‘Ravelo’ – one of two of a kind

A Column By Len Johnson Published 15-10-2016 

Jean-Louis Ravelomanantsoa, who died on 27 September, was one of only two of a kind. He was the first man to win the Stawell Gift off scratch, a feat that has been emulated since by Josh Ross.

When I was a kid growing up, there were two certainties in life. Forget death and taxes: the first eternal truth held that a New Zealand horse would most likely win the Melbourne Cup, but it would not be the ‘boom’ Kiwi starter. The other was that a backmarker rarely won the Stawell Gift; a scratch-marker never did.

I was raised as much on ‘pro’ handicap running as on the amateur kind. My father, Eric, and his brother, Len, for who I was named, both ran before the war. Eric won the novice 100 yards at Stawell one year (after the ‘winner’ was disqualified for not declaring all his performances); Len was a placegetter in Stawell middle-distance events several times.

So we always watched the Stawell Gift and the Bendigo Thousand on television. The two major professional races were televised; so, too, back in those days were the Victorian and Australian champs, and the major school meetings.

Traditionally, the backmarker in a handicap race started from the inside lane and wore the red colours. It was the fate of the red-vested runner to be always running on, but never getting to the lead. Great Olympic champions and medallists in Jamaica’s Herb McKenley, Barney Ewell of the USA and Lloyd La Beach of Panama all ran ‘pro’ races in Australia without ever winning the big ones.

John Stoney, a great Australian ‘pro’ sprinter, was good enough to win a Warrnambool Gift off scratch. Starting off two yards at Stawell in 1949 he made the final – a rare enough feat for one off such a back mark – but finished third. The winner started off 8yards and beat him by inches over the 130-yard distance.

Stoney’s run was held to be one of the greatest in Stawell history before Ravelo’s win.

Most of these runners had been and gone by the time I was conscious of Stawell. The first great backmarker I remember was a runner named Terry Clarke.

Clarke, though, suffered in the same manner as all those off, or near, the scratch mark. Always catching up, but never quite winning.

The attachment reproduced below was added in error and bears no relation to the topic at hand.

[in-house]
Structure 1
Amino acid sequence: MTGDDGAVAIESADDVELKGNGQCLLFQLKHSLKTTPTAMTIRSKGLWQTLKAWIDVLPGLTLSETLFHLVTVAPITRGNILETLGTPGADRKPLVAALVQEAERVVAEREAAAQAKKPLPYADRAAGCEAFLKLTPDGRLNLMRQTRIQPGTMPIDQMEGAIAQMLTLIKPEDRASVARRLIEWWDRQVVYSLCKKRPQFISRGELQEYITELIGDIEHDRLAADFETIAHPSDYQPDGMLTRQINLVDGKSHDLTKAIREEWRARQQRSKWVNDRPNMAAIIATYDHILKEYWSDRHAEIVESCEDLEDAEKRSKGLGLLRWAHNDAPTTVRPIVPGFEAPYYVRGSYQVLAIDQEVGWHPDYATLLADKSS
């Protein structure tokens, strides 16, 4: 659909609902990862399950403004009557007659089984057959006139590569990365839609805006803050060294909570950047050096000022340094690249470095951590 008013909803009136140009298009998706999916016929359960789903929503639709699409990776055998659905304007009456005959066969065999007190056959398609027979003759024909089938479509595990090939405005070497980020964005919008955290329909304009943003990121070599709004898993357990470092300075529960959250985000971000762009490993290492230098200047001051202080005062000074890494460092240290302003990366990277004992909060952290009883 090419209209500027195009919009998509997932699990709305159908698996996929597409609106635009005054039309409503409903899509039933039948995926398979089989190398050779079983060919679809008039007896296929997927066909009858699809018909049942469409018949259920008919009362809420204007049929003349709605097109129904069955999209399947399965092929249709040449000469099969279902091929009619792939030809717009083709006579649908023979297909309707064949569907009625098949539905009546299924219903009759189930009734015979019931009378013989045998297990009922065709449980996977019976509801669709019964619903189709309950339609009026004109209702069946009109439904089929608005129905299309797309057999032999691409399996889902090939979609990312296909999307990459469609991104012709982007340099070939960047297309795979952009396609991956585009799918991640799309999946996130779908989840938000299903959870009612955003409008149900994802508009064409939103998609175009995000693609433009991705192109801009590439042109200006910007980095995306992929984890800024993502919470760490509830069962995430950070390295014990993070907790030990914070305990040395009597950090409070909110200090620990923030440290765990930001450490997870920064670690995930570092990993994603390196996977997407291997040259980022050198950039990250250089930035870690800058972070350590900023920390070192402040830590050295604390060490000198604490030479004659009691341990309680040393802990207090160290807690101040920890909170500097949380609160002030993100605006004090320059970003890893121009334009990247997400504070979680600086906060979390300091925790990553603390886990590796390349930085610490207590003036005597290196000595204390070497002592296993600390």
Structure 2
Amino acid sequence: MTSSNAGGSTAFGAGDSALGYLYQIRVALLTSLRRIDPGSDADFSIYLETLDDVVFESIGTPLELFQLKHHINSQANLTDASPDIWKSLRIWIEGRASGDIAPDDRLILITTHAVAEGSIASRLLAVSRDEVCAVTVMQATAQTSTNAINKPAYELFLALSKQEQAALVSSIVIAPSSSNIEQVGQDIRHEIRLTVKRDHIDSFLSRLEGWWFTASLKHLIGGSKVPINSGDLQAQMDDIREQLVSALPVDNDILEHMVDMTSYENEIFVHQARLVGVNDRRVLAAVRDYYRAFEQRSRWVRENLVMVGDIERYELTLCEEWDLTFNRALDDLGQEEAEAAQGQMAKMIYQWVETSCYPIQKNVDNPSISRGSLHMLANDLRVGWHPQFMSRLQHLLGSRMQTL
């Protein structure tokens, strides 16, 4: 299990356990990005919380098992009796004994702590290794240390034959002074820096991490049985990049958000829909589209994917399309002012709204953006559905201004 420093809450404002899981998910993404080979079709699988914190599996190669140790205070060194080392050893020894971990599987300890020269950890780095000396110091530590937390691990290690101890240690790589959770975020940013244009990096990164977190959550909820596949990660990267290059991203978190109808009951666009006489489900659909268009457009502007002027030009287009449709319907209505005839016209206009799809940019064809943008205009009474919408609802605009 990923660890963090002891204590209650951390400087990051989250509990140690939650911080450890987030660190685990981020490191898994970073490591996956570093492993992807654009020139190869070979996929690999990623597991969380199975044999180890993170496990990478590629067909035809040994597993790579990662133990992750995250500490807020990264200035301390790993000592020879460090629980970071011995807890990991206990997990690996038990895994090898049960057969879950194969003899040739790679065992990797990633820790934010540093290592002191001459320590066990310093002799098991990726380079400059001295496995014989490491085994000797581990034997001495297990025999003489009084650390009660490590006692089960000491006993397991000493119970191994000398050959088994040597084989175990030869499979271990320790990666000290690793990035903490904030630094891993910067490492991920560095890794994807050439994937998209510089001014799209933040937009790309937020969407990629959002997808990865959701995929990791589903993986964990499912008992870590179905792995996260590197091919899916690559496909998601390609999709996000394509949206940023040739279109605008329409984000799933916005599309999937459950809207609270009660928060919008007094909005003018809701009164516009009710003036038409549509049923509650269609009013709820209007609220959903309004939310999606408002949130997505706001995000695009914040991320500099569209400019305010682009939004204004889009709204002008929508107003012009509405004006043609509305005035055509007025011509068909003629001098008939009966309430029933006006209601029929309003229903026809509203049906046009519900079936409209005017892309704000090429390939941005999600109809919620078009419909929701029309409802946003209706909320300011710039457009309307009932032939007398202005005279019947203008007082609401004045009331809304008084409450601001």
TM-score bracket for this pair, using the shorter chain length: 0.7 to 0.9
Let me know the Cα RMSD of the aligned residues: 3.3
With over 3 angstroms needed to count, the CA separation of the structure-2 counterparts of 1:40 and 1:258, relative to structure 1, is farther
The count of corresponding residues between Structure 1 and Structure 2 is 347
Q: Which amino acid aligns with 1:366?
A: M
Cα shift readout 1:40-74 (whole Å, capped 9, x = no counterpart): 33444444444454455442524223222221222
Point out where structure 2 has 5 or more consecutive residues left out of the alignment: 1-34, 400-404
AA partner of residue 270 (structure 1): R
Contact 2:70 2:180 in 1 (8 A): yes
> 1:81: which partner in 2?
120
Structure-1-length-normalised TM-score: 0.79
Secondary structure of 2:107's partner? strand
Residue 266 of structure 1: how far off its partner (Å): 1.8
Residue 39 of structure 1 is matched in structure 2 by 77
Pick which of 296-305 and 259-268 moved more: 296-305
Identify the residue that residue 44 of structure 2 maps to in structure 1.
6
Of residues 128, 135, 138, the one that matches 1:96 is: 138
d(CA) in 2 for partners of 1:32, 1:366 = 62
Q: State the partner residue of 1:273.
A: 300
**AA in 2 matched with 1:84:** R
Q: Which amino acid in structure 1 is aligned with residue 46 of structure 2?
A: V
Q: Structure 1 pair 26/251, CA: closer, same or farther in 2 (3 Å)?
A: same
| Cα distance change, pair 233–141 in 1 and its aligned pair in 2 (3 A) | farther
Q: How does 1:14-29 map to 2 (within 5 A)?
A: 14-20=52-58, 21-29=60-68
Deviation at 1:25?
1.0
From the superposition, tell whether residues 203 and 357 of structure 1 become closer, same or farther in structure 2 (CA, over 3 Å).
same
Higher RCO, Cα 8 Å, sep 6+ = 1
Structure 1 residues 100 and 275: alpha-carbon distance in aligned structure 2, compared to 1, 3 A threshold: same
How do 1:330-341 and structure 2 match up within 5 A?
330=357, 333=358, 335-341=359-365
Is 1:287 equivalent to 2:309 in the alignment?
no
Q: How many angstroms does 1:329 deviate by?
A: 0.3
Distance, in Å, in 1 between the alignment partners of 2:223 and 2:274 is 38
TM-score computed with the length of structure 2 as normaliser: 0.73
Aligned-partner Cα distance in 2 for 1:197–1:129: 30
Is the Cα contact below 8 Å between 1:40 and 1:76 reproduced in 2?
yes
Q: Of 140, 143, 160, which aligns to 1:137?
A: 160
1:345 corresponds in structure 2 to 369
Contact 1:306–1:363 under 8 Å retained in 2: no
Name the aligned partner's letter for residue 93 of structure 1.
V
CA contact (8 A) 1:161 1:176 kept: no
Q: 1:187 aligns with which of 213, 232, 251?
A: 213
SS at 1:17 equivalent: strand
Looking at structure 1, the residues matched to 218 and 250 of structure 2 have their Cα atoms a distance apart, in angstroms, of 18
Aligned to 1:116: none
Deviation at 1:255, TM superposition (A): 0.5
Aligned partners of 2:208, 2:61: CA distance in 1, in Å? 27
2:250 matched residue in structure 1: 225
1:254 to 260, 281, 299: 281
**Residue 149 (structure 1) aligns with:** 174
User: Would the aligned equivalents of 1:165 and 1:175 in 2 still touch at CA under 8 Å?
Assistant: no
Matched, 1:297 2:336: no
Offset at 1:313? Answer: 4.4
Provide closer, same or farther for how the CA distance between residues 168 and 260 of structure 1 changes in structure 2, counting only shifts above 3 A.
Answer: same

That all changed with Jean-Louis Ravelomanantsoa in 1975. By that time, Stawell was again bringing out international runners, mainly through the agency of John Toleman. The impossibility of winning off scratch, however, meant their main mission was a so-called world championships of sprinting with the backmarkers competing again each other over 60, 130 and 220 yards.

So it was with Ravelomanantsoa, who was convinced he could not win once he realised the start he would be giving other runners. Statistics would suggest that in a perfectly-handicapped race, backmarkers should win roughly in proportion to the numbers who have such marks.

Yet the Gift finals are overwhelmingly won by those with marks around seven metres. By sprinters, that is, good enough to win, but with enough elasticity of performance to get a mark one or two metres more generous than their true talent merits. Such runners are often described as being “well in.”

Back in 2003, I wrote a piece for The Age on the backmarkers. That year, only 16 out of over 200 entrants had a mark of five metres or less. In the history of the race – 125 years at that stage – only five winners had started off a mark less than four metres.

From 1878 until 1973 the Gift was contested over the classic Sheffield distance of 130 yards, thence 120 metres. Only the first winner – W.J.Millard off three yards – won from inside four yards.

Ravelomanantsoa won off scratch in 1975, but from then until 2003, only three others won off less than four metres – Warren Edmonson (1.25) of the US in 1977, George McNeill (4.0) in 1981 and Dean Capobianco (2.25) in 1990.

Since then, Ross has become the second man to win off scratch, while Capobianco and Steve Brimacombe have reached the final off the scratch mark.

Ravelo made nonsense of history in 1975. He had to be talked into competing in his heat on the Saturday, but he won. He had to be talked into competing in the semi-final two days later. He won again, this time running 12 seconds, a potential winning time.

Rain had drenched the grass oval on the Monday, but a wet track was no deterrent for the small, but powerful, Ravelomanantsoa. He glided over the track as his main rivals – Peter Marks off seven metres and Murray McGregor off 7.5 – floundered over the last 20.

Ravelo crossed the line triumphant. As his rivals crashed or slumped to the turf exhausted, he danced off on a victory lap. He posed with the winner’s bottle of the local Great Western champagne; it was almost as big as he was. A tinge of disappointment for the romantics was that he raced in the white colours, not the backmarkers’ red, but what the hell – he had created his own history.

The year 1975 was a big one in Australia. Colour television made its long-delayed entry into our living rooms. The Whitlam government was dismissed by the queen’s representative in a controversy which reverberates through Australian history still.

And Jean-Louis Ravelomanantsoa of Madagascar, commonly known as ‘Ravelo’, a.k.a the Malagasy magician, won the Stawell Gift from scratch. He was one of a kind until 2005, one of two of a kind since.

But he remains, always, the first.